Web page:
Technology Business Research Ranks Verizon Wireless No. 1 in 4Q01 Benchmark Results
(PRWEB) March 24, 2002
HAMPTON, N.H. (March 21, 2002) Ranked No. 1 and No. 2 by Technology Business Researchs competitive benchmark, Verizon Wireless and Cingular Wireless are the best-positioned mobile operators in the United States with 24% and 18% of subscribers, respectively. Leveraging its size advantage and 3G migration path based on cdma2000, Verizon Wireless can now focus on improving ARPU and profitability. However, Verizon Wirelesss future in the global market is uncertain since it has a very precarious relationship with its joint venture owner Vodafone, which may look to sell off its stake to end the relationship.
Although Cingulars 3G migration by way of GSM/GPRS to EDGE is more complex, it will leave the company well positioned to align with or be acquired by a global player. However, Cingular is a moneymaker for SBC and BellSouth, its joint venture owners that seem to lack consensus on Cingulars future in the global wireless market.
Capital costs and spectrum needs will compel AT&T Wireless, Cingular and VoiceStream to seek network sharing deals in 2002, which we believe will be a major stepping stone to further consolidation of mobile operators in 2003, stated NBQ wireless analyst Chris Foster (email@example.com).
Sprint PCS and AT&T Wireless, ranked No. 3 and No. 4 by TBR, have 11% and 14% subscriber market share, respectively, in the United States, but the two companies have very different future outlooks. Sprint PCS, which is upgrading to 3G by way of cdma2000 starting with a mid-2002 1xRTT rollout, has focused on subscriber and revenue growth since its inception; yet, the company still lacks profitability. Sprint PCS will be a leader in providing 3G data services nationwide, but the company lacks a global strategy. AT&T Wireless is well positioned globally with its investor and partner NTT DoCoMo; however, AT&T Wireless is faced with more complex 3G upgrade path. AT&T Wireless has been profitable with the exception of this quarters results, which included a writeoff of its fixed wireless business.
Ranked No. 5 by TBRs benchmark, Nextel Communications has an international division, but lacks the resources to become a dominant global player. Moreover, Nextels 3G migration path is dependent on Motorola delivering an upgrade for its iDEN network infrastructure. Nextel has the highest ARPU and is the leader in capturing enterprise customers, which TBR believes should be a top priority of each mobile operator this year. However, Nextels highly differentiated DirectConnect feature will likely be diluted as Verizon Wireless and Cingular introduce their own push-to-talk (PTT) features. To support its capital structure and to reach profitability, Nextel must maintain growth in a highly competitive market. TBR believes Nextels best option is for Verizon Wireless or Cingular to acquire Nextel for its enterprise customers.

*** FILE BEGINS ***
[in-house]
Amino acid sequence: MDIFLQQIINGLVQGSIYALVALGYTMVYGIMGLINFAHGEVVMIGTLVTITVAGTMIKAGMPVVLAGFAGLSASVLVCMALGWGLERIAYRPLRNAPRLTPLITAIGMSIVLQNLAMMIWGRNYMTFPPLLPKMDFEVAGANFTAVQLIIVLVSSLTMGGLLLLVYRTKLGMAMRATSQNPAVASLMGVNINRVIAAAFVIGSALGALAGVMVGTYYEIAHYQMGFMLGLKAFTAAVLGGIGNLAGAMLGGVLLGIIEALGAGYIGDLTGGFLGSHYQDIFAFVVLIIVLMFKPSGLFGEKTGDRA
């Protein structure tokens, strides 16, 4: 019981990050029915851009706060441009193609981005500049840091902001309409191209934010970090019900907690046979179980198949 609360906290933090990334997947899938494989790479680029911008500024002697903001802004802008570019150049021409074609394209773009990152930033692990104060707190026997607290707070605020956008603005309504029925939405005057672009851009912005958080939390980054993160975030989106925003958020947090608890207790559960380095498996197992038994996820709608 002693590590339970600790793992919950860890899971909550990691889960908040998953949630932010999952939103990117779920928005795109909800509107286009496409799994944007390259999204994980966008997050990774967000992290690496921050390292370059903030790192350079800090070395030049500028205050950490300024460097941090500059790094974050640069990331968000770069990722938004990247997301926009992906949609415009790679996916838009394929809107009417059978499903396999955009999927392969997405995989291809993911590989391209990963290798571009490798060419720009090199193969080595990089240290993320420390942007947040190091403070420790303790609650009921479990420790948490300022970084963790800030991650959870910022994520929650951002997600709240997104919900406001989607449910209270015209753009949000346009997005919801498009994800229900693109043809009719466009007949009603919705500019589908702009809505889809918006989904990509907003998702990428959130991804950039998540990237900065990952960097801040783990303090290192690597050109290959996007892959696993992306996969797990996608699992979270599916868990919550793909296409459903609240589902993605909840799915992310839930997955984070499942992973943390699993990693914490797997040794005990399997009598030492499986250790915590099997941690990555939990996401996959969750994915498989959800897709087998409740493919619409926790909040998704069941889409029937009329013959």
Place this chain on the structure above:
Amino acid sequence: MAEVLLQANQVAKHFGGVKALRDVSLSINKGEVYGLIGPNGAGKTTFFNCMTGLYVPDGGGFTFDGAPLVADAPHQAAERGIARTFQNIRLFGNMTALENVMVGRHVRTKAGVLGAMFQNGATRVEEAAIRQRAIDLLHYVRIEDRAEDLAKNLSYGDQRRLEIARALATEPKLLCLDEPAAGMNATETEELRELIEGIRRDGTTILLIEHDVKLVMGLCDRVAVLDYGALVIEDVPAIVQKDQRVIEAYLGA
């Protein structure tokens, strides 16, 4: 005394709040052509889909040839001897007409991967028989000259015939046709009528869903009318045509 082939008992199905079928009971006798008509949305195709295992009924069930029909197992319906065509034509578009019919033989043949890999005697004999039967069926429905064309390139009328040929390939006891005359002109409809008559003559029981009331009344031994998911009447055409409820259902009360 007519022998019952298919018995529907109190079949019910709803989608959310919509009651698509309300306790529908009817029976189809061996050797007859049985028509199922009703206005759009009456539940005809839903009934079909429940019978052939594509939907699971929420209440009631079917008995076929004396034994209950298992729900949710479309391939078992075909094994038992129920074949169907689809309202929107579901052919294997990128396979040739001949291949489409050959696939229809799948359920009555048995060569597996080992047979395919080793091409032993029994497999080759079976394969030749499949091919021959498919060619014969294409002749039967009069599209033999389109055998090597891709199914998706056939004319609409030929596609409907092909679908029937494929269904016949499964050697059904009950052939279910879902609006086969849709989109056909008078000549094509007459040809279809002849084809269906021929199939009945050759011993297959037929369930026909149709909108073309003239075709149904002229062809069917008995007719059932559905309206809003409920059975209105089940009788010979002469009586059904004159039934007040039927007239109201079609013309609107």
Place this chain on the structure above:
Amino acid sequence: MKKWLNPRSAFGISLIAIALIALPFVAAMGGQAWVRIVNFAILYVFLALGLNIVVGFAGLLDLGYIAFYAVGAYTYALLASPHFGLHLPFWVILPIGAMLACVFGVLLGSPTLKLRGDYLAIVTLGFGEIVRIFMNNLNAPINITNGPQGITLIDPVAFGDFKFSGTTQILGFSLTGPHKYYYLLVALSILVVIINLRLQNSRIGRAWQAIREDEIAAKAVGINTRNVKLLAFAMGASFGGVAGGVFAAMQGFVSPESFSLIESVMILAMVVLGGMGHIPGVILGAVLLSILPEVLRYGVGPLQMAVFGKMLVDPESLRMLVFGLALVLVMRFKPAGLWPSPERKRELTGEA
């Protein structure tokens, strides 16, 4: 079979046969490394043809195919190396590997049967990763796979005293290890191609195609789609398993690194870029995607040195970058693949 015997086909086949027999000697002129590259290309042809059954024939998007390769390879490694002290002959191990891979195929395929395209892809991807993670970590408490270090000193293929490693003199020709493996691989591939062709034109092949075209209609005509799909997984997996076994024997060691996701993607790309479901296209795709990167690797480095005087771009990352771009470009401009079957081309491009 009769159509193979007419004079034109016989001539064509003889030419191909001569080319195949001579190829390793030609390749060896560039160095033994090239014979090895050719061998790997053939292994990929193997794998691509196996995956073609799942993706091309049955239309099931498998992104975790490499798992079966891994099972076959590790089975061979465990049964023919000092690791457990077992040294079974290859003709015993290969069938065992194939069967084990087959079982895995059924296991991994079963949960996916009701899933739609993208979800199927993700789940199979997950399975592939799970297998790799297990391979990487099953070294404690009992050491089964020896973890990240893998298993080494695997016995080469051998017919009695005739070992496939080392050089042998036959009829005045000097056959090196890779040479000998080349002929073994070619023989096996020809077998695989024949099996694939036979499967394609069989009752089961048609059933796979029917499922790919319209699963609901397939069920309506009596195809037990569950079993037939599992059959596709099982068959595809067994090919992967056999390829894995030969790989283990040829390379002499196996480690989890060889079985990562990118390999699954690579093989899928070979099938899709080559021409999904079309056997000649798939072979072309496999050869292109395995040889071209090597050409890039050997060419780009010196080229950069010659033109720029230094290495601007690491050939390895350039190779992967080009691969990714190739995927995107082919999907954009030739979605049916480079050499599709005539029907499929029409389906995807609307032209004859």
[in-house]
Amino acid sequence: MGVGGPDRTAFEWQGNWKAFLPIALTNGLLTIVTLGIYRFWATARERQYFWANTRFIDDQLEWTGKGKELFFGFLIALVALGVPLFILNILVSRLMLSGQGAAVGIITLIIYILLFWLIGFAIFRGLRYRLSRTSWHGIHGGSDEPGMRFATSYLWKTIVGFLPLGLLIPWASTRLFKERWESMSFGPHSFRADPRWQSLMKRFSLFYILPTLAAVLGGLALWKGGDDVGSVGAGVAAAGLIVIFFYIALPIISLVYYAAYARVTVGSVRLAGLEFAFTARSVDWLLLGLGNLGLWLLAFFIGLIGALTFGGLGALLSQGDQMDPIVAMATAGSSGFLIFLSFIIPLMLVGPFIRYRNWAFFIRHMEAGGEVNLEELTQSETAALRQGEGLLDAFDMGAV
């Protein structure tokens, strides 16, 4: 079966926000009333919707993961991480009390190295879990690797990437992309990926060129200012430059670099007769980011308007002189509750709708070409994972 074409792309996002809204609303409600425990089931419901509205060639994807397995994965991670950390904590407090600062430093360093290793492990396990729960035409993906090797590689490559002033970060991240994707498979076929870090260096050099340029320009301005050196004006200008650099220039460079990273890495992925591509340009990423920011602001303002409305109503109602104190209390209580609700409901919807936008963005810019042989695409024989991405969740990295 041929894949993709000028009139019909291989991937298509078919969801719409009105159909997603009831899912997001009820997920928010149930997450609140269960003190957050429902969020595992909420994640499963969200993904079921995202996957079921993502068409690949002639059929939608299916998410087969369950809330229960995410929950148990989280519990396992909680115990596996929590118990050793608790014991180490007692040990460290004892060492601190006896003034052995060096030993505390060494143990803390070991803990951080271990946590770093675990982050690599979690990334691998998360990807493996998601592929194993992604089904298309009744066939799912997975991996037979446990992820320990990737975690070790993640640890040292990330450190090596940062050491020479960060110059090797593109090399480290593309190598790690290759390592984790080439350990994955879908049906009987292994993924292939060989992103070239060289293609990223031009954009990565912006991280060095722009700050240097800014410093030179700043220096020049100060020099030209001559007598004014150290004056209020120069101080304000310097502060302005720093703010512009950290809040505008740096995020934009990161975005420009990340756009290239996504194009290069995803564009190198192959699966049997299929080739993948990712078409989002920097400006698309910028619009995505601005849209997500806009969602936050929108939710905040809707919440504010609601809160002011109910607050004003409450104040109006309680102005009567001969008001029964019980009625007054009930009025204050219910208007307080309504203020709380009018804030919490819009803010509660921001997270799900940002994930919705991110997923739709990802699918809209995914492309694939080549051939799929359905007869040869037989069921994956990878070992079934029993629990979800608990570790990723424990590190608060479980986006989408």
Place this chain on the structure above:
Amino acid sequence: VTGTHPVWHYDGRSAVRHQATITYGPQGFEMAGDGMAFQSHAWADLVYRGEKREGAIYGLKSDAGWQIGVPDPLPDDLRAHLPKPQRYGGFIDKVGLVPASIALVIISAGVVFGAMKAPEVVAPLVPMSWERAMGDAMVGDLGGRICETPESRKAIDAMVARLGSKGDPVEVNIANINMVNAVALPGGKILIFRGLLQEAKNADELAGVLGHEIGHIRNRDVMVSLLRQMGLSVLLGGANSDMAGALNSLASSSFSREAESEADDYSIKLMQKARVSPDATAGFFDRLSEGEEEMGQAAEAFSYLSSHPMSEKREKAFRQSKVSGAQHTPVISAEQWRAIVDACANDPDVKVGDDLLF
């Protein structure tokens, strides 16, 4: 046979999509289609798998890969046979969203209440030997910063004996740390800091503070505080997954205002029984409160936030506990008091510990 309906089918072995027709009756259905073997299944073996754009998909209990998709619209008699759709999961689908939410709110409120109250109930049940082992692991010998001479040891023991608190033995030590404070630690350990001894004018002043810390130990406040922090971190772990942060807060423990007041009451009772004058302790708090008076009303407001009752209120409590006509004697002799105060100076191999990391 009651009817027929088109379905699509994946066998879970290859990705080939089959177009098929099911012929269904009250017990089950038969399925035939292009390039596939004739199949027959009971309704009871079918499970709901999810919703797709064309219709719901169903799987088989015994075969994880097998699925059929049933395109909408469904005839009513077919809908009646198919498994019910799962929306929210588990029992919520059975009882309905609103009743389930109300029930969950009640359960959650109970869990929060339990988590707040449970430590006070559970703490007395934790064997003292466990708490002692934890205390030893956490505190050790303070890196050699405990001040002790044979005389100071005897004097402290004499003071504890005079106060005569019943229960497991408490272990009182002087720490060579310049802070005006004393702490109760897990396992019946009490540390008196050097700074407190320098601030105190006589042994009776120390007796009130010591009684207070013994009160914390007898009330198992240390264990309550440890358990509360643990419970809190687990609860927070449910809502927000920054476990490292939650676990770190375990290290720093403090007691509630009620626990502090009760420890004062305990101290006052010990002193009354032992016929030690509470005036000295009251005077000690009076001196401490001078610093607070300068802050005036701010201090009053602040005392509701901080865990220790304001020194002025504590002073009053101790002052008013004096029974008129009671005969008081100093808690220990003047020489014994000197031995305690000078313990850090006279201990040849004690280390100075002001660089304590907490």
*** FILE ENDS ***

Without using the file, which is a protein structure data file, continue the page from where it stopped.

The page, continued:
Due to the high cost of fixed assets for a national wireless carrier, we believe carriers must establish a subscriber base of approximately 15 million before profitability can be attained, stated NBQ wireless analyst Jay Slattery (firstname.lastname@example.org).
Lastly, VoiceStream Wireless, acquired by Deutsche Telekom for an astounding $ 30 billion in 2000, has limited subscriber market share in the United States and will not become a dominant player without further acquisitions by Deutsche Telekom. However, to VoiceStreams advantage, the company is an early mover in wireless LAN services with its acquisition of MobileStar and it plans to integrate public hot spot services with cellular services.
Beyond network buildouts and ARPU, mobile operators are most challenged to understand their competitive position in providing mobile data services, software and applications with or without partnerships and alliances, including with IT players such as IBM, Hewlett-Packard/Compaq, Electronic Data Systems, PricewaterhouseCoopers and Microsoft. Mobile operators must reach beyond their traditional competitive environments of capex, subscriber growth and ARPU and grasp the opportunity of the new mobile service value chain by way of partnerships and alliances, stated Bill Lesieur (email@example.com), TBR Director of Network Business Quarterly, The value chain of mobile voice and data services will be forever changed by 2003, so mobile operators must embrace the change now or get pummeled by it.
IBM has big plans to be the dominant supplier of IT infrastructure to mobile operators and is seeking to own the layer between the IP core network and radio networks/phones. If IBM can land major partnerships with several of the top eight to 10 global operators, then it will be best positioned to dominate the enterprise market with 3G services and mobile Internet applications. Meanwhile, Microsoft clearly wants to dominate and control the software layer (operating system, browser, middleware) and application layer (in conjunction with its large installed base of developers), which will force the mobile phone and device makers to fight it out on hardware margins, leaving Microsoft as the only profitable player left in the end. Microsofts business model is simple and clean, but its execution of the strategy to achieve its market goals is ruthless and cunning.
The future of the U.S. mobile operators depends on several key factors: